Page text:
Infection dynamics and incidence of wild-type PRRS virus in growing pigs

This new publication from the Torremorell’s lab is focusing on growing pig herds in the Midwest and how wild-type PRRS virus can spread among them. The full publication is available on the journal’s website.


  • Wild-type PRRSV infections in growing pigs are common and more prevalent towards the middle to end of the growing phase.
  • Site-level surveillance is useful to understand PRRSV infections in vaccinated pigs.
  • Biosecurity practices in growing pig sites are key to prevent lateral infections.


  • 63 wean-to-market farms from 10 different companies were enrolled in the study
  • Pigs from PRRS naive or PRRS stable farms
  • Oral fluids collected every 4 weeks at each site, tested by PRRS PCR
  • ORF5 sequencing was performed to differentiate wild-type PRRS from vaccine strains
  • A sequence was considered wild-type is the ORF5 sequence had more than a 2% nucleotide difference from a vaccine one.


The number of PRRS positive samples per week peaked at 8 weeks post-placement as seen on the figure on the left. This encompasses all PRRS-types. During the study, 36 wild-type PRRSV sequences were observed. The figure on the right shows the distribution of these wild-type sequences over time.

Read the full publication on the journal’s website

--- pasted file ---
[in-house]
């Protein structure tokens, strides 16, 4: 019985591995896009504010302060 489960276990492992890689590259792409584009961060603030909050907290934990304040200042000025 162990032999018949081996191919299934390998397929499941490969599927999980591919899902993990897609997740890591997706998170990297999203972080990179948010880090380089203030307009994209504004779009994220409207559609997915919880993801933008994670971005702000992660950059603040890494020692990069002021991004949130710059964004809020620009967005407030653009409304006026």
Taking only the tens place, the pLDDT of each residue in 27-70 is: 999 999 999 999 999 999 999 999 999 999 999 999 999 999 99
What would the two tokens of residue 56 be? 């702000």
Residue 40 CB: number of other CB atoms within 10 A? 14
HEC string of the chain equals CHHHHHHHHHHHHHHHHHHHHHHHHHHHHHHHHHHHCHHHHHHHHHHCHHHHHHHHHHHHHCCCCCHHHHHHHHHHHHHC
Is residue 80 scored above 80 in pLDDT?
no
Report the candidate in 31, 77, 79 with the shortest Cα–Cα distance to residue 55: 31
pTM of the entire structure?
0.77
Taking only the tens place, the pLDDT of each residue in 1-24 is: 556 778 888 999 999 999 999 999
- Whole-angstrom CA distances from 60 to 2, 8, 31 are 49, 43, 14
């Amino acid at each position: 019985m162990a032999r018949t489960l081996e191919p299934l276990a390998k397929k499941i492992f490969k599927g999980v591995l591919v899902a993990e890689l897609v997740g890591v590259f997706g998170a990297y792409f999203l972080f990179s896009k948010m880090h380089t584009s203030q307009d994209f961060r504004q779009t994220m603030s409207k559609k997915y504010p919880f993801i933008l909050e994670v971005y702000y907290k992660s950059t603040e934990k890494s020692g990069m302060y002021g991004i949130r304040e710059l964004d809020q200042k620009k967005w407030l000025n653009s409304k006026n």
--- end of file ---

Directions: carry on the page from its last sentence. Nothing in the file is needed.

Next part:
Porcine reproductive and respiratory syndrome virus (PRRSV) infections greatly impact the health and productivity of growing pigs. The introduction and persistence of wild-type PRRSV (WT-PRRSV) strains in growing pig populations is poorly understood. In an observational prospective cohort study, we monitored and surveyed 63 wean-to-finish (WTF) herds across 10 companies located in medium to high pig dense areas in the U.S. Midwest. All herds received weaned pigs from PRRSV-negative or positive-stable breeding herds. Herds were monitored monthly using oral fluids collected following a fixed spatial sampling regime and samples were tested by PRRSV ELISA, RT-PCR and ORF5 sequencing. In most (90%) of the herds, pigs were vaccinated with PRRSV modified-live vaccines either at processing, weaning or shortly after weaning. Wild type PRRSV (WT-PRRSV) infections were defined by the criterion of having more than 2% nucleotide differences in the ORF-5 region compared with reference vaccine strain sequences. Wild type PRRSV was detected in 42% of the herds with infections being more prevalent in the mid to late growing period, with a mean of 20 weeks post placement. Nineteen distinct WT-PRRSV were identified in seven out of 10 production companies with an average of 3 distinct WT-PRRSV strains per company. Vaccinated WTF herds with and without WT-PRRSV detection were compared to each other showing different PCR and ELISA infection patterns. Close-out mortality in vaccinated herds with WT-PRRSV was numerically higher (6.5%) than mortality in those sites where WT-PRRSV was not detected (5.0%) (p = 0.07). Mortality was also higher (10.5%) when WT-PRRSV was detected earlier at eight weeks post-placement compared to late finishing at 20 and 25 weeks post-placement, 2.9% and 4.5% respectively (p = 0.017). Overall, this study sheds light on WT-PRRSV infection dynamics in vaccinated populations of growing pigs, reinforces the importance of biosecurity practices in this phase of production and calls for better understanding of risk factors associated with PRRSV introductions in growing pig sites.

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